"To market a contraceptive product for females to two separate populations – U.S. English-speakers and U.S. Latinas, a pharmaceutical company created an advertising campaign that looked and “felt” the same, but appealed in different ways to their targeted audiences. The main thrust for the English version was about convenience and that for the Spanish version was about freedom of choice. These choices reflected the transcreators’ research on what drives women in each demographic to choose contraceptive products."

http://en.wikipedia.org/wiki/Transcreation


Changing the USP in the ad copy - that's real transcreation because the translator has taken on the adaption work for which usually an ad agency in the target country would be hired.


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dropinka  Identity Verified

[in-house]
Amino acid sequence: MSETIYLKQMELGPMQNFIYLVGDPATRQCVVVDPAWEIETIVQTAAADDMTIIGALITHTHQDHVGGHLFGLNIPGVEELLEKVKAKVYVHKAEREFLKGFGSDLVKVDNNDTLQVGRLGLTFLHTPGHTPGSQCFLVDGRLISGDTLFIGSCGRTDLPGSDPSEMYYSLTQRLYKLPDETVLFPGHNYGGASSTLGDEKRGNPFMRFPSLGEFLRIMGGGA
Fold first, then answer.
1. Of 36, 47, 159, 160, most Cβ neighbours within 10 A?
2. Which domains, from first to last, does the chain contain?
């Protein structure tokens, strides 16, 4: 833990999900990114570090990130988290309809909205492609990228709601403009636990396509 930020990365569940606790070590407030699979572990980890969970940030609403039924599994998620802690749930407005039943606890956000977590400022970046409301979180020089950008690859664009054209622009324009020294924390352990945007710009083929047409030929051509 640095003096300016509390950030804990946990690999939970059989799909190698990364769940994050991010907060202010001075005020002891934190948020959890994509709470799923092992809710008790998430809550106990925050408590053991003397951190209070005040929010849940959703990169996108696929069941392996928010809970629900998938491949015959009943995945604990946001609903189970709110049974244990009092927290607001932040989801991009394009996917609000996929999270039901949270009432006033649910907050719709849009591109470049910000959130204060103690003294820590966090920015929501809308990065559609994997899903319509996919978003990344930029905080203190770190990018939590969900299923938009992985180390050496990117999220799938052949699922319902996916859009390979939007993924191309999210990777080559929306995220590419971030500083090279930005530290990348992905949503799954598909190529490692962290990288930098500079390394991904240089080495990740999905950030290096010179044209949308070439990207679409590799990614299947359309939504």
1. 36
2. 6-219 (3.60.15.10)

Italy
English to Italian
+ ...
Not quite, as far as I'm concerned Jun 11, 2014

Gerard de Noord wrote:

We are a low-priced link in the transcreation chain. The agency that hires you feeds very expensive professionals with your affordable work. Our transcreations should be at the safe side (although you can always add one zany version), the professionals will give it an edge. Your most important job is to give copy writers a piece of text they can work with and depend on, so they won’t lose precious time.


In my experience, transcreation is the end product -- the "transcreated" copy becomes a new original for the target market. That's why transcreation requires copywriting skills and not just translation skills (with all due respect to translation, of course).

Claudia


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Kay Denney  Identity Verified
France
Local time: 18:39
Member (Apr 2018)
French to English
What you're describing is more the work of a competent translator. Jun 11, 2014

Gerard de Noord wrote: